To tackle this problem which is the root cause that precipitates most crises in Nigeria, in 2019, Mr. President approved the Rural Grazing Area (RUGA) settlement program, with intention to replace open grazing in the country, a very brilliant program. But what happened? Unfortunately, many Nigerians including some governors and socio-political groups had completely criticised and condemned the plan and called for its scrap. Because of this condemnation especially from the south governors, Mr. President suspended the idea, very sad and pity.

I am an ardent supporter of Mr. President, yet I so much blamed him on this RUGA issue, I felt so very bad for his decision to suspend the program. If he believes that the program will solve most of predicaments we have as a nation, then why did he suspended it just to make some sections of the country happy? To me this is a sign of leadership weakness, not the sign of a having listening ears as a leader. What stopped the federal govt from implementing the policy? If these governors said they are not willing to allocate lands for grazing reserves, fine, let it be. There are several governors that have welcomed the idea and ready to work the talk specifically, the governors of Bauchi, Kano, Niger and Zamfara states. Rather than suspending the program Mr. President should have work with these governors and others that showed interest. But because of his perceived allies from the south didn’t buy the idea, he too abolished the program he so much believed, so pathetic!

Typical example of seriousness by some states is Zamfara state. As soon as the federal government announced its intention to have RUGA, the Zamfara state welcomed the program with an open hand. As I am writing this piece, the governor had already earmarked about 300 hectares of land for 3 Ruga settlements in 3 senatorial districts. The work on this gigantic project is still in progress, well planned and encompassing with all the basic infrastructures that could make life meaningful thus schools, light, water, houses, roads, market, sport/recreational centres, medical centres for both human & animals, in addition to the main grazing area that will feed millions heads of cattle and increase other economic activities of the populace.

Even if now Mr. President intends to resuscitate the program it is too late, he will only be racing against the time, because he has no armful time to implement the program. He has less than two years to the end of his second and last tenure. Had it been he commenced the program two years back, by now the program could have been ready to use and the crises we are witnessing would have been subsided to a greater level. Just today I learnt that, the South west governors have now resolved to end open grazing, let us wait and see how far this will go.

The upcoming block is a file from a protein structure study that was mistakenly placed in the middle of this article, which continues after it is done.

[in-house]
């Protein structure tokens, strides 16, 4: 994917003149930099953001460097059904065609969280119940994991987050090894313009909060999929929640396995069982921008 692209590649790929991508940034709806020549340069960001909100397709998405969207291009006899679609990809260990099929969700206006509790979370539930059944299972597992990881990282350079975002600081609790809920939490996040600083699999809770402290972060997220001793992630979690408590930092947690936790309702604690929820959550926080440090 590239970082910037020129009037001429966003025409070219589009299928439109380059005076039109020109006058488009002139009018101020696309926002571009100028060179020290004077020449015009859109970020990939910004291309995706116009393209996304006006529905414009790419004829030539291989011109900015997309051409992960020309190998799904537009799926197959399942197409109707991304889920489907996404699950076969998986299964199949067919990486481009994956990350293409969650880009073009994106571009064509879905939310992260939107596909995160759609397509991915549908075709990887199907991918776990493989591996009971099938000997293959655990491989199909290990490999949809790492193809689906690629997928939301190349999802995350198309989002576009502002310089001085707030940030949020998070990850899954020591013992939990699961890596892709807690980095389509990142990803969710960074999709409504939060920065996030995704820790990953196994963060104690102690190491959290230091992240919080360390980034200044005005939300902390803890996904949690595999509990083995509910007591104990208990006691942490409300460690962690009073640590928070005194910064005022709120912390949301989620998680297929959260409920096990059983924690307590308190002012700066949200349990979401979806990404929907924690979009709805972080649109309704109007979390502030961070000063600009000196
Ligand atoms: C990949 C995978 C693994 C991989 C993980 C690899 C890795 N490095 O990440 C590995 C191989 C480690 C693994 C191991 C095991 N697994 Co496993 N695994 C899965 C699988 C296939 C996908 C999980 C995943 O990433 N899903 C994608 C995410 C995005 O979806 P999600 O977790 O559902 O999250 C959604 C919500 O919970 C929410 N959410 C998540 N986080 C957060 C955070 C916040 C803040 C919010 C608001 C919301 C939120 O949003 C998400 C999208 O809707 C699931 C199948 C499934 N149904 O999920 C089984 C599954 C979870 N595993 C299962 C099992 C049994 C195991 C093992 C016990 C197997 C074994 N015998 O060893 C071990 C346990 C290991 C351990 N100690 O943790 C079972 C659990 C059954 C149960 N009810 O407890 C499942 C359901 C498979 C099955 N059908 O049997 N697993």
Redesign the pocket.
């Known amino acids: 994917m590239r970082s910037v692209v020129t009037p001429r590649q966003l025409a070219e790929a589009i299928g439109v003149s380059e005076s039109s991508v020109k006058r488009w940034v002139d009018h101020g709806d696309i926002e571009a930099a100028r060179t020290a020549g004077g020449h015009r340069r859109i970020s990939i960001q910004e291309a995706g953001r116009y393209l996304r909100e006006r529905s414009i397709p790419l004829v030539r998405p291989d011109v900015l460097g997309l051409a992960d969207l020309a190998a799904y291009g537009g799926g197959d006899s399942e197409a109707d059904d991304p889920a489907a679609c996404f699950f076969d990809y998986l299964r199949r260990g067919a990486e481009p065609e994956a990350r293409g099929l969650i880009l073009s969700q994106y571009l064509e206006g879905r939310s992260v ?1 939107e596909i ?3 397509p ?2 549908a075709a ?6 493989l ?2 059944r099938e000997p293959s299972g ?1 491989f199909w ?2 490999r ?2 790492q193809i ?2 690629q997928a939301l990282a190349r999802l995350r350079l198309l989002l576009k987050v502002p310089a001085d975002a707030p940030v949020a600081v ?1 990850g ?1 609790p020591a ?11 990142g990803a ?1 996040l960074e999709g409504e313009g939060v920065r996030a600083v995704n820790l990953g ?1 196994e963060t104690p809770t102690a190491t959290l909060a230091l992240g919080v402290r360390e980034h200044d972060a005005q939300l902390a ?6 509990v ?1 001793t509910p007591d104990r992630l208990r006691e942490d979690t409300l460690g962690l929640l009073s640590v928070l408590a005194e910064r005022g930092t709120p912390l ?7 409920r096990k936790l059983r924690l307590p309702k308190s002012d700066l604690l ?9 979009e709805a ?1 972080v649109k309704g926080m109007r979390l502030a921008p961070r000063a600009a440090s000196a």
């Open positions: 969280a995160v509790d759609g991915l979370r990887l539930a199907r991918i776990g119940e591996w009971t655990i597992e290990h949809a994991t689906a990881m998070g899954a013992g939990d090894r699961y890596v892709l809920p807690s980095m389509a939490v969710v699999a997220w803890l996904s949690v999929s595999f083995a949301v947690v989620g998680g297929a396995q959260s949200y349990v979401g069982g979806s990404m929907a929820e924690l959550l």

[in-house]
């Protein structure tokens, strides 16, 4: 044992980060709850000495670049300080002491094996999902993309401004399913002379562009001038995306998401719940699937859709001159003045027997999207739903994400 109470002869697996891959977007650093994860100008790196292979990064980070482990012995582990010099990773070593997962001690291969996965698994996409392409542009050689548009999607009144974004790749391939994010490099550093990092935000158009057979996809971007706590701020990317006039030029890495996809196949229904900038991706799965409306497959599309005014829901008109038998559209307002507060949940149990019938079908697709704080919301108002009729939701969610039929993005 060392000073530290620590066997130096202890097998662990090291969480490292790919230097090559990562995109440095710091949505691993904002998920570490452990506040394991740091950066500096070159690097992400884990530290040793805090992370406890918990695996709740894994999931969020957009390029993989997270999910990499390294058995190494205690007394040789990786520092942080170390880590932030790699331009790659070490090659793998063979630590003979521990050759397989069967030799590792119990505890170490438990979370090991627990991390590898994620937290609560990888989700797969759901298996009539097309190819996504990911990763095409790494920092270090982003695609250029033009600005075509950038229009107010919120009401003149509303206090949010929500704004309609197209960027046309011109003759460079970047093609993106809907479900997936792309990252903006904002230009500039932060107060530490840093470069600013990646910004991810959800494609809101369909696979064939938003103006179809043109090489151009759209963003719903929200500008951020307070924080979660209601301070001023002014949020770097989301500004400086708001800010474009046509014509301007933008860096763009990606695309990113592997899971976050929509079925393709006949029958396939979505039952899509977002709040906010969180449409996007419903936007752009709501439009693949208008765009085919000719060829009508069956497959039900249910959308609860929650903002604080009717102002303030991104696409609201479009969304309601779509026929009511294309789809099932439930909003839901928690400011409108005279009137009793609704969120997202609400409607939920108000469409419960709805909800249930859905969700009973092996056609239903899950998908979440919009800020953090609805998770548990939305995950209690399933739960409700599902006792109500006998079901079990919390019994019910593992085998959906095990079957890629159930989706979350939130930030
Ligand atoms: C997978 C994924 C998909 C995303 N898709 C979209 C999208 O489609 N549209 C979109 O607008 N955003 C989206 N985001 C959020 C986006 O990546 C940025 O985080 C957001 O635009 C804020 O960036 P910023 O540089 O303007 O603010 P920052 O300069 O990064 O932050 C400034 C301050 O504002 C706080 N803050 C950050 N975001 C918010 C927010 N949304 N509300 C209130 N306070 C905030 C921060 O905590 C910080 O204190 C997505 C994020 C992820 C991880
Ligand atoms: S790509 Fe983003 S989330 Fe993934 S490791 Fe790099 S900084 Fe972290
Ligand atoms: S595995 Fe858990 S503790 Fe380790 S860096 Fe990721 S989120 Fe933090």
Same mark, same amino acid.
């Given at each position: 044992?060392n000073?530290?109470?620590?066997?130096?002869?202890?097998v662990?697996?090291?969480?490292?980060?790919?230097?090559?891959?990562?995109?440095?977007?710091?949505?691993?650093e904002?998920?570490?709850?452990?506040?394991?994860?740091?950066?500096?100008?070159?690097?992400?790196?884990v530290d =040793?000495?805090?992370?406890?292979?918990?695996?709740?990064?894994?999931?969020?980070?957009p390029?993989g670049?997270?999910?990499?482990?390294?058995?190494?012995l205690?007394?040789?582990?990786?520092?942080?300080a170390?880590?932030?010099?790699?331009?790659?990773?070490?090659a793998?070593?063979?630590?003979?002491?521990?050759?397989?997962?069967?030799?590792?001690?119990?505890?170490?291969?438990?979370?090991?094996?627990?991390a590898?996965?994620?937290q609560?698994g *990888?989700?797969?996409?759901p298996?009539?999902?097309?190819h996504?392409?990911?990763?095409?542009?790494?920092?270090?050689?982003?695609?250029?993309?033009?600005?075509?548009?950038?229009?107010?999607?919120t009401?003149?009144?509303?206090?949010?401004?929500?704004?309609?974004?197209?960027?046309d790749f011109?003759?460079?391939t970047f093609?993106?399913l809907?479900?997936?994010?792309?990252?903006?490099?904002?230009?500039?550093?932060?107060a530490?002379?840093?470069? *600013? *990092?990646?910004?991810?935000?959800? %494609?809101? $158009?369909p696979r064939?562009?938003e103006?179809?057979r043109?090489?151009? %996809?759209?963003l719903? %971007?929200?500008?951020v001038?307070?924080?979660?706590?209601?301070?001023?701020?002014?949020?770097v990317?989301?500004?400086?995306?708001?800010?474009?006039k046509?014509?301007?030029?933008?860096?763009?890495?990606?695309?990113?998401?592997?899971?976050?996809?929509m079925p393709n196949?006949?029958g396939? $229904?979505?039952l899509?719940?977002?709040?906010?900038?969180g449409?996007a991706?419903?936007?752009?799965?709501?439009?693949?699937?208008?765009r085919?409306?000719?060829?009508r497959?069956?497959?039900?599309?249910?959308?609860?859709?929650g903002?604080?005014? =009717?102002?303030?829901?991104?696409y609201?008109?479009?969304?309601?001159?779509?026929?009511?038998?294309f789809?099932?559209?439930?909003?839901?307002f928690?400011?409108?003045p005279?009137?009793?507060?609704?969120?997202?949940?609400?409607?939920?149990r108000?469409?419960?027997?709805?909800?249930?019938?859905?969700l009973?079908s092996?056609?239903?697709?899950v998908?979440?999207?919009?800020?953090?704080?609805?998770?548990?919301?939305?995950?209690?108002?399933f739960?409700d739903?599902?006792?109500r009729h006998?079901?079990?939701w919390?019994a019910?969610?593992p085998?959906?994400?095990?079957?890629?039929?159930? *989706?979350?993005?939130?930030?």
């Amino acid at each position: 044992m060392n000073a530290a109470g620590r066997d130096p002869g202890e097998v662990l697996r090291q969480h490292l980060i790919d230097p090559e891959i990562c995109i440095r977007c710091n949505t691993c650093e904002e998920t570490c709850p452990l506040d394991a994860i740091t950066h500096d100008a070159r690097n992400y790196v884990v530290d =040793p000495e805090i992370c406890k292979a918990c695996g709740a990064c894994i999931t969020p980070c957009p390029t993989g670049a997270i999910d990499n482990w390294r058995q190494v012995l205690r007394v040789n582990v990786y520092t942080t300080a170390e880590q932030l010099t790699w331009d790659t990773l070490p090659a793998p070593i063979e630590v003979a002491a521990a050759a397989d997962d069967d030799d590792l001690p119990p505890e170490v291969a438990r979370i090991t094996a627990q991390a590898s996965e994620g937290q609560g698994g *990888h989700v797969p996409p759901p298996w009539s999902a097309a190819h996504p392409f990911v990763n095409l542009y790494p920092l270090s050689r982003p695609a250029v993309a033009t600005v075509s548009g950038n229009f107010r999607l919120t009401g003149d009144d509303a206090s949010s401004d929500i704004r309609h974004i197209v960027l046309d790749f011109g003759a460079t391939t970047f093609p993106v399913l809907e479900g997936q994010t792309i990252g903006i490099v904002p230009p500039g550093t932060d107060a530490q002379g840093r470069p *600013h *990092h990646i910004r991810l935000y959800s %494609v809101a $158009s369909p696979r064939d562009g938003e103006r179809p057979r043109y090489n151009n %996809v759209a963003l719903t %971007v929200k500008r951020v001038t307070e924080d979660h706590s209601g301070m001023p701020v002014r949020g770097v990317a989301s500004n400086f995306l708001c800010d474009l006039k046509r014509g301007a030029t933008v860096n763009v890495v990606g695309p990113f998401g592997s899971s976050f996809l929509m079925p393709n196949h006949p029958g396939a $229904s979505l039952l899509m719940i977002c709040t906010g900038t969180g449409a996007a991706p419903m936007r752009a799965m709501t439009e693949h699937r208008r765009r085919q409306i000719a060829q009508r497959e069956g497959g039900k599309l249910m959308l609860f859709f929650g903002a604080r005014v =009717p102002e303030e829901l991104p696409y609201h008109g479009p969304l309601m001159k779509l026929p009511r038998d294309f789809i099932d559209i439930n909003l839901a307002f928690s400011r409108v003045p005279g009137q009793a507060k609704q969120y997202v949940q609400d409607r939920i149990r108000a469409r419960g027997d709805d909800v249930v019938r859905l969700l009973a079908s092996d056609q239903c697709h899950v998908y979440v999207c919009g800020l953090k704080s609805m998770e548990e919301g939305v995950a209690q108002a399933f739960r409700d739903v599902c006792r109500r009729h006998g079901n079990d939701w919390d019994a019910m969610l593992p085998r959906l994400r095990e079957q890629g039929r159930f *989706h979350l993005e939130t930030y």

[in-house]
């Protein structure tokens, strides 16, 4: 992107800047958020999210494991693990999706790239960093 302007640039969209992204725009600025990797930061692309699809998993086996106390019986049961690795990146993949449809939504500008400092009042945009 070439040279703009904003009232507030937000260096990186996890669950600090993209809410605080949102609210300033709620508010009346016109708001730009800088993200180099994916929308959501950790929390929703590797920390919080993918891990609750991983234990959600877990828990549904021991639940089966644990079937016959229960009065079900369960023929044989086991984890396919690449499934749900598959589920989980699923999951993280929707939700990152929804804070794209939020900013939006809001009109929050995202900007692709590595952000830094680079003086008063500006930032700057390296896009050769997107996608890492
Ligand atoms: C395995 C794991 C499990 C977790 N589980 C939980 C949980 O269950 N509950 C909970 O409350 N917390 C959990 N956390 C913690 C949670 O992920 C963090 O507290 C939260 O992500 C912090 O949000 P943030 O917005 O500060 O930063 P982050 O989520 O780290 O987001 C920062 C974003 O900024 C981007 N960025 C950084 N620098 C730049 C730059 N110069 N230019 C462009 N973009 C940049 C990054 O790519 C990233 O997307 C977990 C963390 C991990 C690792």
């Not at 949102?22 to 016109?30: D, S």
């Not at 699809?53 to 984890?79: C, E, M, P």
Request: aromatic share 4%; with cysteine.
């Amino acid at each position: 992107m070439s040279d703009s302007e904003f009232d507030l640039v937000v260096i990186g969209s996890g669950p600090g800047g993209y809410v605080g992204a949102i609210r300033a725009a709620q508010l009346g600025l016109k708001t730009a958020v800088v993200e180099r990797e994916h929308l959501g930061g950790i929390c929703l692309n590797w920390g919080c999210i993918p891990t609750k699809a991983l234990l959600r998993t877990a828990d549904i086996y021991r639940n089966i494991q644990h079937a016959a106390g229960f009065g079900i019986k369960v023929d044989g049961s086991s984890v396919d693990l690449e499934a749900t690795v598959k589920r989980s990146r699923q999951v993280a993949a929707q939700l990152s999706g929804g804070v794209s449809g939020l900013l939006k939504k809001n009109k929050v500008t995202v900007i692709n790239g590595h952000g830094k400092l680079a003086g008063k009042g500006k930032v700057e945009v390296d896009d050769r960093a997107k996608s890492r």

Again, as some southern governors rejected the program so also many herders did not subscribe for the Ruga policy. They chose to remain with their routine open grazing which is practically impossible. But, if government is serious and believe the program will yield positive outcome, then they don’t have to listen to all these counter narratives, they should go ahead and implement the program unconditionally.

Conclusively, like I opened up my writing, there is a nexus between open grazing and the other violent crimes such as the banditry, cattle rustling and Kidnapping for ransoms that joined forces to make the Nigerian nation apparently unsecured. To counter or combat the menaces of this illicit entrepreneurship, the government of all levels have to welcome the RUGA, modern Ranching or whatever name we may term it with open hands; as this will go a long way in ameliorating most of the crises we are suffering as a country. Specifically, this will of course curtail the unwanted clash between farmers and herdsmen; it will curb open grazing of animals which continues to pose security threats to farmers and herders.

May we come out of these predicaments stronger and better.

God bless Nigeria.

Recommendation(s): To address the issues of open grazing and the threats it poses, the government at all levels must support the execution of the Rural Grazing Area Policy, which will benefit both herders and all Nigerians.

About the Author: Sanusi Moyi is an anti-money laundering expert. He writes from Abuja.

Keywords: Ruga, Ranching, Grazing, Nigeria, Agriculture, Herdsmen, Government